Banking with a smartphone is growing in popularity as major financial institutions, such as Bank of America and Citibank, push apps that enable customers to bank on the go. Juniper Research, which specializes in market research for the mobile and digital tech sectors, forecasts that payments made through mobile-banking applications will reach $1.3 trillion worldwide by next year (2017).

Not surprisingly, the growing proliferation of smartphone banking is attracting hackers and scam artists who are breaking into smartphones to steal account information, and, in some cases, drain a person's funds. The hacking is occurring through malicious software programs, or malware, with names such as "Acecard" and "GM Bot." Cyberthieves use this malware to steal bank account numbers and passwords from people who are accessing their bank accounts from their smartphone.

This hacking is happening all over the world and targeting the two most popular mobile phone operating systems – Apple Inc.'s iOS system and Google's Android system. Both the Federal Bureau of Investigation and U.S. banking regulators are warning consumers about the potential risks of banking with their smartphones.

Manufacturers vs. Hackers

Smartphone manufacturers are responding to the rising threat of malware and compromised banking information. Apple recently provided its customers with an update to its software that can correct a security flaw that would allow hackers to remotely take control of its phones' operating system. Samsung, which primarily uses the Android operating system in its Galaxy smartphones, has published a list of tips for customers entitled "How to Keep a Smartphone From Being Hacked." The advice includes locking a smartphone when not using it, activating a phone's tracker system, protecting a phone with an anti-virus app, and only opening e-mails or clicking on website links from trusted sources.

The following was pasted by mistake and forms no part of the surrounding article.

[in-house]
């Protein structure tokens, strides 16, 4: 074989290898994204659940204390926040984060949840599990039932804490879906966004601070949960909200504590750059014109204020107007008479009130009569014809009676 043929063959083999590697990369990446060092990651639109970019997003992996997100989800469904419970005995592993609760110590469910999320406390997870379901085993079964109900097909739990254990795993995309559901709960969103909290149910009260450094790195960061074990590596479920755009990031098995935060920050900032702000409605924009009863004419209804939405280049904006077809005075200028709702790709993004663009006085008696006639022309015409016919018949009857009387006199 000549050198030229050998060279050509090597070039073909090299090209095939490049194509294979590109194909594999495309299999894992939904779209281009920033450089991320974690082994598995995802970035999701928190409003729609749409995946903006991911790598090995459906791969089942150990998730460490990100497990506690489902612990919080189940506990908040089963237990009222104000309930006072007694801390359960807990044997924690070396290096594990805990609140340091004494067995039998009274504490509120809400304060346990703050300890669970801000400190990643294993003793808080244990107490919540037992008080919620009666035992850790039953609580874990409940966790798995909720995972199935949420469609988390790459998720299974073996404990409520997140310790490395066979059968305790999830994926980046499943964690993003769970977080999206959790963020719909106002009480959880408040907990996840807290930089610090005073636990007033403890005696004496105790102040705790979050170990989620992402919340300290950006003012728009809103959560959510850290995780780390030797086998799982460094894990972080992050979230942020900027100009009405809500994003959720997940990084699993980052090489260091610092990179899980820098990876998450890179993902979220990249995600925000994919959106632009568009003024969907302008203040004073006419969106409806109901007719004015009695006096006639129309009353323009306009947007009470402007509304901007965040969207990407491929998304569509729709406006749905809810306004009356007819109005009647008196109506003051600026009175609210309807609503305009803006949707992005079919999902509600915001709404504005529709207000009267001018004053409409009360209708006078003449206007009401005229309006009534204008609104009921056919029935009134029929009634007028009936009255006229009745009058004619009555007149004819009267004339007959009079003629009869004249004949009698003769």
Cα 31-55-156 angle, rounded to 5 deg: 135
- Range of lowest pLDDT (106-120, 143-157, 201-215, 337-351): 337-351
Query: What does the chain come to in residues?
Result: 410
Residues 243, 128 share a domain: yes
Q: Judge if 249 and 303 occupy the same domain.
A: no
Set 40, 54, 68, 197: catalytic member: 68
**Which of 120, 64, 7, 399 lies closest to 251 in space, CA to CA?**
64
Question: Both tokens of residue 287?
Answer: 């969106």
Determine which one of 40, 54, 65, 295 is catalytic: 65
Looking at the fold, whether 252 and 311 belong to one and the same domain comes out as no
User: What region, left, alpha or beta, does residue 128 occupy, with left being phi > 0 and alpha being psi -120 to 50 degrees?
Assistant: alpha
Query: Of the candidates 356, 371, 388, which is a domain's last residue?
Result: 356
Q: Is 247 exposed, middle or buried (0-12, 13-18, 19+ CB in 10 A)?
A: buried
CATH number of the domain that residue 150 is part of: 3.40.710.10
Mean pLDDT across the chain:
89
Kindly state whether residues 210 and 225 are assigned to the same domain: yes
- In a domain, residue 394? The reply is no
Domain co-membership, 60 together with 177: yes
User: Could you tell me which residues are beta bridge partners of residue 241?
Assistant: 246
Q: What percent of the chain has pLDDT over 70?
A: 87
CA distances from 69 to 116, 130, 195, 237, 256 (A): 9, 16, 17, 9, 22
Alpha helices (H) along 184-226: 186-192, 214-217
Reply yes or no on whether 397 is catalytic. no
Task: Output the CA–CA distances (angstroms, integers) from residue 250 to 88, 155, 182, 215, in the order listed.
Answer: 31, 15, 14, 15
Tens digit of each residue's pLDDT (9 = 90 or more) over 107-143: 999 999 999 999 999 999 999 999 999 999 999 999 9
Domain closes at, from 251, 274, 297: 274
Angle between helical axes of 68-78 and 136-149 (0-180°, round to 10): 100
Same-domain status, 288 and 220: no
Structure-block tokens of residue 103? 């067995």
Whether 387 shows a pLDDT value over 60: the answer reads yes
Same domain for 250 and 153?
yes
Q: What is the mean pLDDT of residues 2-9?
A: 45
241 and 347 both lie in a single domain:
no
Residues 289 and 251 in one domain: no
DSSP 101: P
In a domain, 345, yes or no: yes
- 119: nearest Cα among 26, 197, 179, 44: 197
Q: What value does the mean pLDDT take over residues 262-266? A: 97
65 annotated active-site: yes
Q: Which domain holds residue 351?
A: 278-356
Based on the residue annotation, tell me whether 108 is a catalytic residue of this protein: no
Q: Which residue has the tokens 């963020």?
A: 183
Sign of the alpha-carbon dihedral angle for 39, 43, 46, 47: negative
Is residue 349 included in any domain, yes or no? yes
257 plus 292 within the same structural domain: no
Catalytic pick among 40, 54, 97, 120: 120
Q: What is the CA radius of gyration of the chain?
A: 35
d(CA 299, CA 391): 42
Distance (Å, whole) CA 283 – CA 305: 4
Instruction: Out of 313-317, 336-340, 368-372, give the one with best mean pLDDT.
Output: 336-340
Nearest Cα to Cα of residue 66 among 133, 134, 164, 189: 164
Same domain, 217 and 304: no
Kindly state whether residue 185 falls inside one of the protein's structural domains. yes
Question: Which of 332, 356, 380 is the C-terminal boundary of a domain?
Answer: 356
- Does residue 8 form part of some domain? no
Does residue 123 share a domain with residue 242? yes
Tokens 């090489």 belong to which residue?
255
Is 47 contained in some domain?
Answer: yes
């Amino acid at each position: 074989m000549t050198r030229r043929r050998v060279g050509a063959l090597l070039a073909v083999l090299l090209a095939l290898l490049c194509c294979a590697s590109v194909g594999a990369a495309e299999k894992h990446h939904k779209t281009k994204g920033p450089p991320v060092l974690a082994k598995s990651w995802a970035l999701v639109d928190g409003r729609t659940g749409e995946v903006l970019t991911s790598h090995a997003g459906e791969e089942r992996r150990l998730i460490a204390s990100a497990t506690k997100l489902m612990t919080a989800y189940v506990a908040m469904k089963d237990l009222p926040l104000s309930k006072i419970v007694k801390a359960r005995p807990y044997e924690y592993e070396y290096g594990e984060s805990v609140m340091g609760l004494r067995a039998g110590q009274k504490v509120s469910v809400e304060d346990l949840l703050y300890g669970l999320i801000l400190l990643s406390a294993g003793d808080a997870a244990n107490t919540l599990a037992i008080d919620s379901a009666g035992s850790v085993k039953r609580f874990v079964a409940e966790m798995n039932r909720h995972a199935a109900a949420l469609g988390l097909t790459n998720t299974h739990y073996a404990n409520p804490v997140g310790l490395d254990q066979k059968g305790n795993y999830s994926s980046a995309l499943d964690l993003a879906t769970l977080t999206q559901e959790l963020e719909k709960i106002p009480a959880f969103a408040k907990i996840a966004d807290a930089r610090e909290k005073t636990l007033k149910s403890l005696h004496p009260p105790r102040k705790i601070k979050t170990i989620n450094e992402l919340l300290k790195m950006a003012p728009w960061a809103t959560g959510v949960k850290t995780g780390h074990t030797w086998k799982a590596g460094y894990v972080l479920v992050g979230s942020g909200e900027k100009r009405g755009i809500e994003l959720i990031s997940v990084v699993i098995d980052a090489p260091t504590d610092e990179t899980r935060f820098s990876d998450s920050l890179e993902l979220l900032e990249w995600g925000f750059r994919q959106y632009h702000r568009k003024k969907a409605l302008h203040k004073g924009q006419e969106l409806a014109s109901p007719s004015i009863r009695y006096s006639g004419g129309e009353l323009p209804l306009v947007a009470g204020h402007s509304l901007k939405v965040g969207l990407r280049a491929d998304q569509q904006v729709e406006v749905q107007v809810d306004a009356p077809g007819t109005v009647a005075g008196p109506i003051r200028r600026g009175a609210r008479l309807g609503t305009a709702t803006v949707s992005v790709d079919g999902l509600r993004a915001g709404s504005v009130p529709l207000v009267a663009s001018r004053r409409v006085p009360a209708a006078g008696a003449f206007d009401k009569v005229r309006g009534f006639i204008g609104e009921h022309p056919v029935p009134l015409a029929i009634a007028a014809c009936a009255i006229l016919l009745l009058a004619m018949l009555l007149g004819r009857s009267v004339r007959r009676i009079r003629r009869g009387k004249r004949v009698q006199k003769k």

This advice is prudent; security experts say that malware typically accesses a smartphone when someone clicks on a text message from an unknown source or taps on an advertisement. Once installed on a phone, the malware can lie dormant until the user opens his or her banking application.

Most phones are unprotected: A study by SAS and Javelin Strategy & Research reports that fewer than one-third of smartphone owners use antivirus or anti-malware software on their mobile devices. This new frontier in cybercrime is replacing more traditional forms of bank theft such as installing skimmers on automatic teller machines or credit card readers in restaurants, and also targeting desktop computers.

What Consumers Can Do

Financial institutions are working to address the growing problem of smartphone hacking – many by frequently changing their mobile-banking apps – and law enforcement is beginning to crack down on mobile phone hackers. All the same, consumers need to be aware of the problem and be proactive about securing their banking and other personal information. 

Additional steps that people can take to protect themselves include downloading apps only from trusted sources, accessing the Internet only from secure WiFi areas, and alerting their bank immediately if they notice any suspicious activity in their account or on their phone.  

For more, see 3 Ways to Avoid Electronic Pickpocketing.

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